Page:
Perhaps it’s because I grew up at the seaside, maybe it’s because I was born in Lübeck and the Hanseatic League is coursing through my veins or maybe it’s because my maternal grandfather was allegedly a fisherman…my affinity with all things maritime knows apparently no bounds and my fascination with creatures of the deep sea and stories surrounding the sea has been life-long.
My WP friend Michelle Barber of LoonyLiterature is always asking questions about writing – how do we create our stories and how do our approaches to the work in hand differ – so I’ll try to explain a little over the next few posts how I approach my writing.
Having established yesterday that I’m a fluttermole – Michelle is a butterfly writer, flitting from subject, genre and age group to the next, while I’m a combination of a mole (digging myself into a WIP) and a fluttering butterfly (being able to start several WIP at once and see all of them through in mole-like fashion) – I approach all new writing projects in the same way.
It starts with an interesting snippet I pick up in a newspaper, a magazine, on telly or overhearing a conversation on a bus or reading something in a history book – hey presto, a kernel of an idea is born. Then I do lots of research, which usually throws up some interesting combinations or juxtapositions.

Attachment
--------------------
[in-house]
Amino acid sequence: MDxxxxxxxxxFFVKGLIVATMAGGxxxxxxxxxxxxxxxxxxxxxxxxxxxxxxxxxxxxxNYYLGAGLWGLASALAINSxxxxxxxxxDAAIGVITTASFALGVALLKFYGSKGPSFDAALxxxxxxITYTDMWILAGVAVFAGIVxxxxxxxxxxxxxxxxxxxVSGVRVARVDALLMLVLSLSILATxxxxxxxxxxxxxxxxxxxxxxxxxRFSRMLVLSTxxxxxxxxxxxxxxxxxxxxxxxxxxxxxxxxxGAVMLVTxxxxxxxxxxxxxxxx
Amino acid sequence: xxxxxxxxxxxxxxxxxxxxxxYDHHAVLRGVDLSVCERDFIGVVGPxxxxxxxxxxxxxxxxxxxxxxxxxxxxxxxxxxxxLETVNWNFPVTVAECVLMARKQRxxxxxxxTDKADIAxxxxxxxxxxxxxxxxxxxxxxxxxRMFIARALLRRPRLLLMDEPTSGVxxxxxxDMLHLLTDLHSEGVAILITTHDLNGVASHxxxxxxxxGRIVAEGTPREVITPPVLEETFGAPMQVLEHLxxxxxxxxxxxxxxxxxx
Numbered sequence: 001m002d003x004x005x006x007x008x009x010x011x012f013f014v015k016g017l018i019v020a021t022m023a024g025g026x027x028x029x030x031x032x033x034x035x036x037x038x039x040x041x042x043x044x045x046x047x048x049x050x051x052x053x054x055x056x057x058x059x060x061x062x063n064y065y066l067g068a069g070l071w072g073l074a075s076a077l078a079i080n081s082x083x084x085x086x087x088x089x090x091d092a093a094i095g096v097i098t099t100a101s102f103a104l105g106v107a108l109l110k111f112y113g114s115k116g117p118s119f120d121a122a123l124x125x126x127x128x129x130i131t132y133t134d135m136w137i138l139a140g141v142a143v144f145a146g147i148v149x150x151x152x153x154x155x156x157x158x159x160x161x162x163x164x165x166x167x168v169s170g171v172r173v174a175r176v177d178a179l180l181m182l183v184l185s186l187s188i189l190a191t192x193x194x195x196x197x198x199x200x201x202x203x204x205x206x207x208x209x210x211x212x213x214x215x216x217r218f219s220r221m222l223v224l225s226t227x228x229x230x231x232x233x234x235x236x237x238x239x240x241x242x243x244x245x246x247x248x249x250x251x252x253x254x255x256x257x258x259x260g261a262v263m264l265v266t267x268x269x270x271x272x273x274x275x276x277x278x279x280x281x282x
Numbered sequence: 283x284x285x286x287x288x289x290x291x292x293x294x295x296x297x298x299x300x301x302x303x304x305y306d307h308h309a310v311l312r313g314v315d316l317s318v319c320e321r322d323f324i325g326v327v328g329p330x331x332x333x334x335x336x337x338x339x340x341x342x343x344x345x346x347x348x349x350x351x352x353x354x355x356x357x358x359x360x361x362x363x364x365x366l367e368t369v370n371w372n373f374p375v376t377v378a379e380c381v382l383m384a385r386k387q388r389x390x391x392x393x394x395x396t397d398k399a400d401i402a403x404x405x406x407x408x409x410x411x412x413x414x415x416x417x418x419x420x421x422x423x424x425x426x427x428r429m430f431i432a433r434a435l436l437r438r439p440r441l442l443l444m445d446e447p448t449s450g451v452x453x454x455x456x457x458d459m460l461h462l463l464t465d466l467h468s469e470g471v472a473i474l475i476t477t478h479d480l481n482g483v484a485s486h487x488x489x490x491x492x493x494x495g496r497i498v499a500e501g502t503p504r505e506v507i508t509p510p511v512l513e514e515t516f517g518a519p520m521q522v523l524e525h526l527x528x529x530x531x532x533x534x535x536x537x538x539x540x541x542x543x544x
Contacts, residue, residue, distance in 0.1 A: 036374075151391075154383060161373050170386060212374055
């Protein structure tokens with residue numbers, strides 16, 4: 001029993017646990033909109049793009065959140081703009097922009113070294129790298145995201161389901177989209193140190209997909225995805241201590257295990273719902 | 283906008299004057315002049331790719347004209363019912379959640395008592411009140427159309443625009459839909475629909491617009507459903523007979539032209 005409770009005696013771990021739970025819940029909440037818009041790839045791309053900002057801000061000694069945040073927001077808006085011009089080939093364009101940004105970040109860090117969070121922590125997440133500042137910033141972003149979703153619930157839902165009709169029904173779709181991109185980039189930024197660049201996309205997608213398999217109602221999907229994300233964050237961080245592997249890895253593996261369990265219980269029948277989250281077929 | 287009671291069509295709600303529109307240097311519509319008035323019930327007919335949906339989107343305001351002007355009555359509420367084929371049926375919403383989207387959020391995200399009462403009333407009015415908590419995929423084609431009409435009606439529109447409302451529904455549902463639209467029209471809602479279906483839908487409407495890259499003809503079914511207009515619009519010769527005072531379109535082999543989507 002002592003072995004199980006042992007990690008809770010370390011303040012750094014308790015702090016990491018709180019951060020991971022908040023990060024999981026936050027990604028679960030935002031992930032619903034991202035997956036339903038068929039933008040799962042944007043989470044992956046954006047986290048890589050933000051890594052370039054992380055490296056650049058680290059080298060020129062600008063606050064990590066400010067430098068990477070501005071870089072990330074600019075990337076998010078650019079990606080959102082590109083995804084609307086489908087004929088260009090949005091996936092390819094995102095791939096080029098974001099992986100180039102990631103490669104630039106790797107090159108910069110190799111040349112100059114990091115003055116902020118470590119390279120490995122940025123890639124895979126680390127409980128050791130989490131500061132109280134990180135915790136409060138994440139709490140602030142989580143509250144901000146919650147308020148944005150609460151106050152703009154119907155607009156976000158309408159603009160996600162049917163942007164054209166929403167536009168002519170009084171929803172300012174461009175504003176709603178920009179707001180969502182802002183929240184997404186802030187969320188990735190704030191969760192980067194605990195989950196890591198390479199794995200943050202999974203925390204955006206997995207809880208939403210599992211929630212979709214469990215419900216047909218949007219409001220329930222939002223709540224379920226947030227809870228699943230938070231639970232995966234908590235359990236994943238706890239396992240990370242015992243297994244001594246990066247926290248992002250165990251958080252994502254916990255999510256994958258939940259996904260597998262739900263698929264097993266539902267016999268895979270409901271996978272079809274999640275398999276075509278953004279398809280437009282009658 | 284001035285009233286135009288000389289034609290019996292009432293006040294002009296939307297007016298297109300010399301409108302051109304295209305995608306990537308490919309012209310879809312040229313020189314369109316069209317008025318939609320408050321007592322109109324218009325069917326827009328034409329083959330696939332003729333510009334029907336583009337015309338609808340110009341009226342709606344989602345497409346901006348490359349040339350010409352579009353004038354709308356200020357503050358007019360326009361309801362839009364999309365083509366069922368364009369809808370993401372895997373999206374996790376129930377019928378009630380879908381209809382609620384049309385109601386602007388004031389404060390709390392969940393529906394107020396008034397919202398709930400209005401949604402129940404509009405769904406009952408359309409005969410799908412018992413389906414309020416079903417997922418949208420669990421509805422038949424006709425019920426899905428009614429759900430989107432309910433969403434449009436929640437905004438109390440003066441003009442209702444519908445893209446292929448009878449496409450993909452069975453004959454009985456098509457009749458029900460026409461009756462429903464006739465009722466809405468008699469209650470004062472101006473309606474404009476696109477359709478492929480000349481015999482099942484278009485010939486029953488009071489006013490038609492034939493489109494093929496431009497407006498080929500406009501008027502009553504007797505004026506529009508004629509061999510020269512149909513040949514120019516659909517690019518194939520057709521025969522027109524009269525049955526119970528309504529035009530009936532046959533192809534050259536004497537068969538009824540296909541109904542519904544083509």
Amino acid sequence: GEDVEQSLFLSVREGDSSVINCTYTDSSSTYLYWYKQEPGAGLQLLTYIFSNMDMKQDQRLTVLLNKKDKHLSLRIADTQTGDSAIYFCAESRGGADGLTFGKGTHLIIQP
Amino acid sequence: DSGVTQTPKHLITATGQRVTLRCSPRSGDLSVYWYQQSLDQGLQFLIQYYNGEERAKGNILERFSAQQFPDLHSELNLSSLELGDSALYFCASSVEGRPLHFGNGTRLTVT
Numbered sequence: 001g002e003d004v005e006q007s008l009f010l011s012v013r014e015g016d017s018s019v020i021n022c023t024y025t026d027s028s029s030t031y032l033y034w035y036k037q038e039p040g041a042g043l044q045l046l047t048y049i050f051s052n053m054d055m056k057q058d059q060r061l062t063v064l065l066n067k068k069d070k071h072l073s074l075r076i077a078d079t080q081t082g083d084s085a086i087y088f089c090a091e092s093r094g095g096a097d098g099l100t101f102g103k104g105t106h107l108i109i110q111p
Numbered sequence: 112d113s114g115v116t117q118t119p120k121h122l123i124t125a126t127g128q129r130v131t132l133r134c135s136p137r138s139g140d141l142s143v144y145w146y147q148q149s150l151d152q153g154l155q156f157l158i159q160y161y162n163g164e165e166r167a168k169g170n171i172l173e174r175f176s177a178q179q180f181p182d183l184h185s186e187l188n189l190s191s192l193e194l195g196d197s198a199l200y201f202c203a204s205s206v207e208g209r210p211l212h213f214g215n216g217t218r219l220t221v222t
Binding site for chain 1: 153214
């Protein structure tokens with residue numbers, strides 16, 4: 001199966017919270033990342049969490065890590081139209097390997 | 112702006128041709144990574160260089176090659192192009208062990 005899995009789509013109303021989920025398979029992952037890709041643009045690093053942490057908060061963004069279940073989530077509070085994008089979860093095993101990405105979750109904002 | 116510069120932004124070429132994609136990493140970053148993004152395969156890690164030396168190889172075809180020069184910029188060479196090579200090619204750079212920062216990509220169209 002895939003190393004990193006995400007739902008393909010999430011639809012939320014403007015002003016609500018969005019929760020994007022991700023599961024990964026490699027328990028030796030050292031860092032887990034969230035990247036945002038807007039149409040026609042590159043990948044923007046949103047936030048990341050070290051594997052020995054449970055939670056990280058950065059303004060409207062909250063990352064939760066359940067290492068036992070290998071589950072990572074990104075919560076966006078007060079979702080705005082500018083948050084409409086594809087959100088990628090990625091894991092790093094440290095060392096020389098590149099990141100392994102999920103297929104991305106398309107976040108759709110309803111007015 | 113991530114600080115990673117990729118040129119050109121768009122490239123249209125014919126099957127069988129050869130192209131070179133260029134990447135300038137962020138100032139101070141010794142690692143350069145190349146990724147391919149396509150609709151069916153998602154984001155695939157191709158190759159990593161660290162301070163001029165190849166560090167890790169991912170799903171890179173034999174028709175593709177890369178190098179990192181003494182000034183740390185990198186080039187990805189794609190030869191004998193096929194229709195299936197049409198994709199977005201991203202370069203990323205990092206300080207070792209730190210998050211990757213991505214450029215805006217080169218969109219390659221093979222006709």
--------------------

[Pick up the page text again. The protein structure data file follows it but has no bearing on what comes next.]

At school we had to learn a lot about German legends like the Niebelungen – Siegfried, flirty Valkyrie Brünhilde, dwarves, treasures and lusty dragons – and among them were the stories about Loreley, a mermaid type woman who sat on a rock overlooking the Rhine River, luring fishermen and sailors to their doom with her beautiful singing.
There she sat on a rocky perch in Sankt Goarshausen, combing her long golden hair. Not her fault that love-sick sailors couldn’t get enough of her lovely singing. Men are simply the weaker sex – the latter being the operative word. Innocent Loreley did nothing wrong – it was all in men’s heads and trousers that caused the drownings, the crashed boats, the wailing, the hue and cry.
Incidentally, today’s visitors to Sankt Goarshausen can’t get enough of music either – a famous open air music venue regularly stages rock and pop concerts here. However, as far as I know, there have been no more crashed boats or drownings owing to lovely music getting out of hand.